by Victor Pontejos . February 21st, 2013
Choosing a type or font for a design can sometimes be grueling, because there are times where your design and the type you chose falls in exactly the way you want it. But there are times where you have to look for the right type for your design – a typeface that fits properly into your design, thus completing your jigsaw puzzle of a design.
But as a graphic designer, you’re not just dealing with elements of design; you have to deal with external factors such as your deadline, creative block, and, of course, your client. Now, having to choose the right typeface for your design and dealing with what your client wants can be a bit tricky and nasty for you in the long run.
So, what do you tell your client that the font you chose is better choice than the one he wants?
If you haven’t been in this situation yet or you’re still figuring out what to say, we’ve come up with a few things you can use to persuade your client to go with your typeface idea.
Typefaces are meant to be legible along with the design you created. Normally, you, being the designer, have a better grasp of what can easily be read and not on your body of work. But don’t tell him that way, educate him of the intricacies of typography – that there are certain typefaces that looks better on certain circumstances.
Professional vs. Unprofessional
You can always go on with the professional and unprofessional speech – it’s kind of like the good cop-bad cop thing we see on the movies. Except, here you’ll be explaining the good elements the typeface you chose bring on the table – It’s readable, it complements the shapes and images, it’s the best font for your media (print, digital, etc.). You can try to present the typeface you chose and the one your client chose on your design, and point out the differences.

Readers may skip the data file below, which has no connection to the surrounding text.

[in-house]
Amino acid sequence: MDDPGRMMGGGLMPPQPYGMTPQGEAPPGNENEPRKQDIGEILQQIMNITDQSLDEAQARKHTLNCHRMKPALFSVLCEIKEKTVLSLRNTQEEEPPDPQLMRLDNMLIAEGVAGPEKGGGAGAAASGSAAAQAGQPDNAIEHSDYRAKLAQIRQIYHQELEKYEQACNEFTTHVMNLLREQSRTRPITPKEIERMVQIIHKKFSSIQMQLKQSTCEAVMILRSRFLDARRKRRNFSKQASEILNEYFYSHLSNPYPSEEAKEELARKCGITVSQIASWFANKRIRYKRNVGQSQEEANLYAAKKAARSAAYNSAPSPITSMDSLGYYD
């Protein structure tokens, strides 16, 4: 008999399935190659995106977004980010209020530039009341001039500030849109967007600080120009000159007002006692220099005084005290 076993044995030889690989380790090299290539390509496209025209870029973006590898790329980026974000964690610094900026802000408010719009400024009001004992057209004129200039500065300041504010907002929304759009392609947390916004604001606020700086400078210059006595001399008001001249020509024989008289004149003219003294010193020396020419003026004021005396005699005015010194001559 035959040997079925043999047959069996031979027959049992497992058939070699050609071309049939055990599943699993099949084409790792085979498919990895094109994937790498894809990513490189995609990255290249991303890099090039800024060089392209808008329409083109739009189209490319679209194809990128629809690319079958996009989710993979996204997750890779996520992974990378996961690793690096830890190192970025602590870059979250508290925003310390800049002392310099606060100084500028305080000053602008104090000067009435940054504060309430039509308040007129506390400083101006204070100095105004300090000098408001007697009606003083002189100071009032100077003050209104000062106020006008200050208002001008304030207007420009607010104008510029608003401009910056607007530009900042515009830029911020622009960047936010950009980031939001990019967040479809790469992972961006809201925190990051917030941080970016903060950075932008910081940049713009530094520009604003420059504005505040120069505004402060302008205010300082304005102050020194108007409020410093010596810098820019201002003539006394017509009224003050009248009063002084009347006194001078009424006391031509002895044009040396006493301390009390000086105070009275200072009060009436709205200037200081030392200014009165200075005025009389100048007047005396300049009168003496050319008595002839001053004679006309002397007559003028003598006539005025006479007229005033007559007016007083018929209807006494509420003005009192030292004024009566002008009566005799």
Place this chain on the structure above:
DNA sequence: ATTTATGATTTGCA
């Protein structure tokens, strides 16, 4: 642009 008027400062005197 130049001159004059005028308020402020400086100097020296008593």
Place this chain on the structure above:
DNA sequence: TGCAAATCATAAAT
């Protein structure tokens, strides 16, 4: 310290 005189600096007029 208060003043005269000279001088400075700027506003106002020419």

It’s not about them, it’s about the market
Sometimes clients get too attached on a project that you’re working on. That’s fine; it’s theirs in the first place. But sometimes it also gets on your way of developing their projects into full potential. When your client gets too attached or goes overboard on what you have to do on the project, make sure remind him that he’s commissioning this project to attract people, to raise awareness, or for the aesthetic pleasure of many.
You can explain to your clients the inherent versatility your chosen typeface. This is suitable for designers who are working on logo projects as typefaces used on logos must be versatile and adaptable when used in different media. You further show the effectiveness of the typeface you chose by creating a presentation where the logo is applied to different media, e.g., business cards, website design, letterheads, magazines, etc.
CORNELIA and CO [Brand identity & Packaging] by Oriol Gil
ORIGAMI by Mohammed Mirza
Remember that, as a graphic designer, you’re not just there to create design for the sake of it. You have to attune yourself of teaching people, including your clients, about the intricacies of graphic design. Because in the end, it’ll eventually have an effect on the industry you’re working in and your career.
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